[FoRK] At what point is email officially broken?

Jim Whitehead < ejw at soe.ucsc.edu > on > Thu Dec 7 10:03:44 PST 2006

Justin Mason writes:
> The only thing that can "solve" spam (almost) entirely would be to  
> close
> it down -- turn it into a closed-address-book AIM-like protocol,  
> where you
> cannot receive emails from someone you haven't added to a whitelist in
> advance, out-of-band.  Once you've done that, it's no longer email,
> unfortunately.

My particular pet technical fix is a variant of this.

Have a 2-tier email system.

Tier 1 (lowest level) is the current email system.
Tier 2 is a closed-address-book system.

Layer tier 2 into existing mail servers, so that existing mail  
clients can get tier 1 and tier 2 email via POP/IMAP (which aren't  

Have a mechanism for smart clients to tell the difference between the  
two, so that UIs can separate email in both tiers, such as by sending  
all tier 1 email to a "spam until proven otherwise" inbox, and tier 2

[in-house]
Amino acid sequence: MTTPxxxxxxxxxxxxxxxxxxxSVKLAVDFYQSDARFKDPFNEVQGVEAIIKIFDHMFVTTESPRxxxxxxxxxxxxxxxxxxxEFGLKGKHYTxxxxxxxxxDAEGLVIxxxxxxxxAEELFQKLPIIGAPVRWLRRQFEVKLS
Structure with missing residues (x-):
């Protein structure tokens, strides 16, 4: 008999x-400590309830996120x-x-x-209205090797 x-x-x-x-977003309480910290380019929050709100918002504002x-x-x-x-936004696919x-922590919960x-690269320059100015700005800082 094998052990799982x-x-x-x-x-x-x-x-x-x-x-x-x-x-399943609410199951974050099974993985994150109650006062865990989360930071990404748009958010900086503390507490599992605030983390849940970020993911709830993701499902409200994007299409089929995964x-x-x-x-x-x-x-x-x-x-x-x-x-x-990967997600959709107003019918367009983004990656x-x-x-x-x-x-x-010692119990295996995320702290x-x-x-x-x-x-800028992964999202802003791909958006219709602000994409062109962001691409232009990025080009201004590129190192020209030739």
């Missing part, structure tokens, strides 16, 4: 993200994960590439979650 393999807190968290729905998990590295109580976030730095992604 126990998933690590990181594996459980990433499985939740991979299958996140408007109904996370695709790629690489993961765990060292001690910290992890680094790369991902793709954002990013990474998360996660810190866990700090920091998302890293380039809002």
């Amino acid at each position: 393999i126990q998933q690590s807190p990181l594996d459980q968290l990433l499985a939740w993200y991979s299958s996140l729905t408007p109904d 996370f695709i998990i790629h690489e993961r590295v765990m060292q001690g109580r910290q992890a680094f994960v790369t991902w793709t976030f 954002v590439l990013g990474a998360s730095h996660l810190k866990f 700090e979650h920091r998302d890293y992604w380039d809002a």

to the standard inbox.

You can still receive random email from the masses and ecommerce  
sites, while preserving the desired quality that 99% of useful and  
desired email comes through tier 2.

- Jim

PS - You may now commence to tell me all the things wrong with this  
technical fix. In doing so, please do not miss the main point of this  
thread, which is that email is broken. My particular fix being bad  
does not negate the fact that email is broken.

PPS - Extra points for finding flaws not on the following list:
* Expensive to develop/roll out new infrastructure
   retort: email is dying. Destruction of existing infrastructure is  
also expensive. Current levels of spam are expensive.

* Management of address books is a pain, and a new management cost
   retort: management of address books is a part of most  
communication systems. It is manageable

* Closed address systems are still susceptible to DDOS attack.
    retort: agreed, but this is current problem for all Internet  

* Existing closed-address-book systems haven't worked
    retort: they were implemented in context of existing SMTP  
architecture. A permission-needed-to-write-at-destination email  
system would reduce motivation to spam, since all spams would be  

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